The ACT Government has not given up on securing a seven-day bus driver roster to ensure greater reliability of services at weekends, putting the issue on the table in negotiations for a new agreement with the union.
The rostering issue is a longstanding one in Canberra and the Transport Workers’ Union has staunchly resisted any change to the current voluntary system for weekend shifts.
But Transport Canberra Deputy Director-General Ben McHugh confirmed that the rostering change was part of the government’s proposal in the current enterprise bargaining negotiations.
“We’re always investigating new ways of rostering and building our workforce to deliver reliability on weekends and everything, including seven-day rosters, is being considered at the moment,” Mr McHugh said.
He spoke at Transport Canberra’s announcement of its plans to recruit more drivers to cope with the pressures of the latest wave of COVID-19 and increase the frequency of services.
Transport Minister Chris Steel said the new recruitment campaign hoped to attract 60 new drivers by December, adding to the 33 who signed on this year.
Mr McHugh said Transport Canberra needed more than 800 drivers to run the service, and that was about the current number employed, but natural attrition and absences due to COVID-19 meant the interim timetable and its reduced services were still in place to cover the situation.
He could not say when Transport Canberra could reinstate the full timetable due to the ongoing impacts of COVID-19, but Mr Steel said the recruitment drive was part of the plan to get back to normal.
“We’ve decided to prioritise reliability and we will be continuing to do that with the delivery of the interim bus timetable during term three, but we’re going to use this time to recruit more bus drivers so that when this current wave of COVID-19 subsides, we can start to step up the frequency of services,” Mr Steel said.
Mr McHugh said, on average, about 90 drivers were off work at any point in time.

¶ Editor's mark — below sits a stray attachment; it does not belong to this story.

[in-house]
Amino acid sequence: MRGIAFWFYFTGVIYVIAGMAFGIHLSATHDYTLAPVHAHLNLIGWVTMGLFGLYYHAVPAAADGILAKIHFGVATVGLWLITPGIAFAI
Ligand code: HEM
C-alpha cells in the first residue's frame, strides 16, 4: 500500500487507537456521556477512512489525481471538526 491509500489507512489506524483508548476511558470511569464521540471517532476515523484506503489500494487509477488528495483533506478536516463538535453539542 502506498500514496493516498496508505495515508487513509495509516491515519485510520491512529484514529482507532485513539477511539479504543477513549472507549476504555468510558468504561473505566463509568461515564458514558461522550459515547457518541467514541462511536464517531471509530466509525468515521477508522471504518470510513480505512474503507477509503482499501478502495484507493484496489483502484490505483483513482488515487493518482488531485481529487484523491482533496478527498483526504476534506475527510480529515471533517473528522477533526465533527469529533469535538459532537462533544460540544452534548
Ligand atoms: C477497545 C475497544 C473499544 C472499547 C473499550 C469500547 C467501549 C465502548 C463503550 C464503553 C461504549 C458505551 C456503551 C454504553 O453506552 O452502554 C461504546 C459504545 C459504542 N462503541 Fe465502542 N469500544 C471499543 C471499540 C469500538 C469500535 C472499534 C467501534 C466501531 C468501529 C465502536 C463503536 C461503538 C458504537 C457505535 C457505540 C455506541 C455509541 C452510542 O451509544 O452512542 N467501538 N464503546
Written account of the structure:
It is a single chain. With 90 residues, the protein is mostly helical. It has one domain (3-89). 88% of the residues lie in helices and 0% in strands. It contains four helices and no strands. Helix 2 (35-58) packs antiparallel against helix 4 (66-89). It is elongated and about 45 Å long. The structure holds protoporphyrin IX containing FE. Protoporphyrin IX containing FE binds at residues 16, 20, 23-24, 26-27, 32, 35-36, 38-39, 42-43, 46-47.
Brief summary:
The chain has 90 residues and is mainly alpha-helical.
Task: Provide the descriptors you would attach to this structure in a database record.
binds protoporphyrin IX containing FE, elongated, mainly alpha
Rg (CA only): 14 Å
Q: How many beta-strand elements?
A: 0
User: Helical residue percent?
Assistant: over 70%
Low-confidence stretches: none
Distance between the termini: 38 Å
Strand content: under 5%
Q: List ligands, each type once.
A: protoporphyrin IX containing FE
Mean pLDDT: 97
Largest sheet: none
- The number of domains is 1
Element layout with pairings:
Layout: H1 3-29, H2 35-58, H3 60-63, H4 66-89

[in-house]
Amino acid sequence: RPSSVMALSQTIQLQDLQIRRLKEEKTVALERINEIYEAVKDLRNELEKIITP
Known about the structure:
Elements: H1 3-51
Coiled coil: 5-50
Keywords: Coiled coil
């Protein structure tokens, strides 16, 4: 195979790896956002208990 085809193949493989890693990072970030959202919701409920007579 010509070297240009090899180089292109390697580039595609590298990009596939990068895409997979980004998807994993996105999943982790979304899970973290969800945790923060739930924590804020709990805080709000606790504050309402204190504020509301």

“We can accommodate those types of impacts. If that number increases much beyond that, though, there is a risk to service reliability,” he said.
Mr Steel said Transport Canberra wanted to recruit drivers from multicultural communities and employ more women to have a diverse workforce.
He said women only made up 13.3 per cent of drivers.
One of these drivers is Alka Bhargava, who has been behind the wheel for a year after running a restaurant.
“I absolutely love this job,” she said.
“I was looking for a different venture which is more relaxing and something new to learn. Coming to Transport Canberra has changed my life.”
Originally from India, she never thought she would end up behind the wheel of a bus.
“It has given me so much confidence driving a bus and I take pride in that,” Alka said.
She encouraged other women to give it a go and get out of their comfort zone, saying it was a very rewarding job that also allowed her to see more of the city.
Mr McHugh said driver safety and flexibility were essential aspects of working with Transport Canberra.
“We’re also making sure that the driver experience is one that feels safe for them and it’s flexible and allows them to fit in the driving with other things that might be priorities in their life, whether that be raising families or doing other things,” he said.
New drivers would be entering the workforce at an exciting time for the public transport sector, with Canberra’s first 12 all-electric buses on the way this year and an additional 90 electric buses currently being procured.
The latest recruitment campaign for casual and part-time bus drivers will run until 24 July 2022.
Applicants don’t need a heavy vehicle licence, just a normal motor vehicle licence and a good driving record for the last five years.
For more information on driver recruitment, visit Transport ACT.